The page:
A recurring, if pathological, theme in Donald Trump's life has been one of overcoming impossible odds to achieve public victory. Combine that with an insatiable need to be the center of attention and hog every bit of the media's spotlight, and you can easily see how the president has arrived to this spot.
Jonah Goldberg pines for "The Good Old Days" of Trump's presidency, claiming "[this] is as good as it gets." As Obi Wan told Luke Skywalker, that's true, from a certain perspective. But from another perspective, this is only the beginning.
That perspective would be the president himself's, shared with his core followers, those who root for him against all odds, and the greater the odds, the harder they root. Trump soaks this up like a Sith lord feeds on anger. He feeds on the hate of those who despise him most, and uses that energy to fire up his base to do--darn well whatever he tells them.
This brings us to the current question of whether Trump will now fire special counsel Robert Mueller. I believe, yes, yes he will. And he's just getting started.
Goldberg's colleague at National Review, Kyle Smith, wrote of the GOP's "coming shellacking." Many other pundits, including Erick Erickson, this site's owner, agree that the signs are all pointing to a Republican rout in 2018. And Trump is just fine with that, because it sets up the next act in his ongoing reality show.
If you remember, during the campaign, I compared Trump to a producer making a Rocky movie, with Trump himself as Rocky. He succeeded in this, beating the odds when it seemed completely impossible for him to win against Hillary Clinton. Now, from the perspective of her loss, we see exactly how bad a candidate she was, but Trump is willing to give her way more credit than she deserves, if it makes his victory all the more glorious.
This is the same pattern we will see with the deposed cast of characters at the defunct Trump Justice League: Comey, McCabe, and soon, Mueller, will coalesce opposition and build to a climax, segueing into Trump's dream TV. We will see the unparalleled spectacle of the president's impeachment hearings, live and 24/7. Of course, Trump will speak, tweet, and personally humiliate both friend and foe.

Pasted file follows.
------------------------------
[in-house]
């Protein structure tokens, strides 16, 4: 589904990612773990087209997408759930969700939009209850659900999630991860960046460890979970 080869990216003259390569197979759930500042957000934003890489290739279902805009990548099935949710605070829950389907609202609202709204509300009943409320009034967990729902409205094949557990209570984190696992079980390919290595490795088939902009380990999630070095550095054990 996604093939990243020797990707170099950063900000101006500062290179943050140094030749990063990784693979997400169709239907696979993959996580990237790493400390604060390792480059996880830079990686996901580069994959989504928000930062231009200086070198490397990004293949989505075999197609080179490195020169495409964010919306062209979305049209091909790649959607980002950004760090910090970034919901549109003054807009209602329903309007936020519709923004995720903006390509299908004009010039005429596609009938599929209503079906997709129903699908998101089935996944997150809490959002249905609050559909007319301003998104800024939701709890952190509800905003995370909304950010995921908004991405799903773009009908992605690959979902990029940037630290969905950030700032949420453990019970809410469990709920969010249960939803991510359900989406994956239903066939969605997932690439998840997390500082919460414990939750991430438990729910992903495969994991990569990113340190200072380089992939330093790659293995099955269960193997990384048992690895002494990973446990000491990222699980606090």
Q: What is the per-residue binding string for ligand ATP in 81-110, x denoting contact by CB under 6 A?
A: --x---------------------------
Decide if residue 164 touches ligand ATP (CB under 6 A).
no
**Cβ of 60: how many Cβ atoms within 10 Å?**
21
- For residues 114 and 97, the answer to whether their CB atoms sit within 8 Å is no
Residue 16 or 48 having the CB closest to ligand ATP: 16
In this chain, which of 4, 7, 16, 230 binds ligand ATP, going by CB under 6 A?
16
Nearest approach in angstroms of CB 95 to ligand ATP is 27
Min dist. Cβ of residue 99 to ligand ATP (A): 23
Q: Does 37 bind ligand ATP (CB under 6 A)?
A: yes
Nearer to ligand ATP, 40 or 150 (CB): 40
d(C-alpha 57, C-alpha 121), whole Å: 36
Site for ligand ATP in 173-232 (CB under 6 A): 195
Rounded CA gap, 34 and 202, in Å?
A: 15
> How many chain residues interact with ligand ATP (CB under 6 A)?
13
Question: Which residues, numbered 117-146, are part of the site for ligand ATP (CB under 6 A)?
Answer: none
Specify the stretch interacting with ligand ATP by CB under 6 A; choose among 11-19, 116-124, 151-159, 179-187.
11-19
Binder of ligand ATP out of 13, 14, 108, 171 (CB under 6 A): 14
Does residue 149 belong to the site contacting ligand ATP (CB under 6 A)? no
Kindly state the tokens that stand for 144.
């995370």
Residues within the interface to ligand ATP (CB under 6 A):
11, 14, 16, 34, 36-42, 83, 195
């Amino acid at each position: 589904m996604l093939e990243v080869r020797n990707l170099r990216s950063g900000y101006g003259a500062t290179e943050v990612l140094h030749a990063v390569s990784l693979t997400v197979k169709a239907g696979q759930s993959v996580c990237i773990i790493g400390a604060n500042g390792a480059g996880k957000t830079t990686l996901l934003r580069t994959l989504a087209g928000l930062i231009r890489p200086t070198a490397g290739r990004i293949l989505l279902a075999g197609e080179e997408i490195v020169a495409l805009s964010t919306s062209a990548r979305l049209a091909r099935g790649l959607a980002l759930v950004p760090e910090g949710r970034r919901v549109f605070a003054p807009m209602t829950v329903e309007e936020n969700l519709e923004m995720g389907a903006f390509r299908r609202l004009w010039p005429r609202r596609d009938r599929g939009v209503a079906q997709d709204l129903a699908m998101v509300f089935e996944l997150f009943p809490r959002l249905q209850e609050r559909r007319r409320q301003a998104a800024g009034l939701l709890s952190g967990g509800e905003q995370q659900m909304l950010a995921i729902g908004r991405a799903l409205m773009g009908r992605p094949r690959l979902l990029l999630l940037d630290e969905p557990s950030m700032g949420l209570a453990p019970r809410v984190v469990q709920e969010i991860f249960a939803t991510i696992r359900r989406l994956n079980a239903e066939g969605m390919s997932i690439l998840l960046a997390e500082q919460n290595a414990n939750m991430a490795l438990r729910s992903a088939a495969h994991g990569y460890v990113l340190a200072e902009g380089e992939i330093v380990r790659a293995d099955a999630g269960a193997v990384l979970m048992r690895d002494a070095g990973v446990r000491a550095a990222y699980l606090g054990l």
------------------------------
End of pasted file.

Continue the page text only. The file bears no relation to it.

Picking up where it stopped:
Then, when it seems like all is lost, Trump will win and be exonerated. Maybe Vladimir Putin himself will testify. The ratings will go through the roof, surpassing even the Super Bowl and the Oscars (both of which are flagging in the bright light of Trump's media war). This is Trump's true legacy. Yes, he cares about trade wars, and taxes, and people not dying in the streets. He cares about students not being killed at schools. He cares about soldiers fighting endless wars 10,000 miles away. He really does care--from a certain perspective.
But what Trump really cares about is Making America Great Again through great, compelling television, in which one Donald J. Trump is the star, the hero, and the mythical demigod who overcomes impossible odds to achieve glorious victory.
We saw Act I in the campaign. This first year was Act II. And now that Trump is firmly established in his office, we'll see that he's just getting started.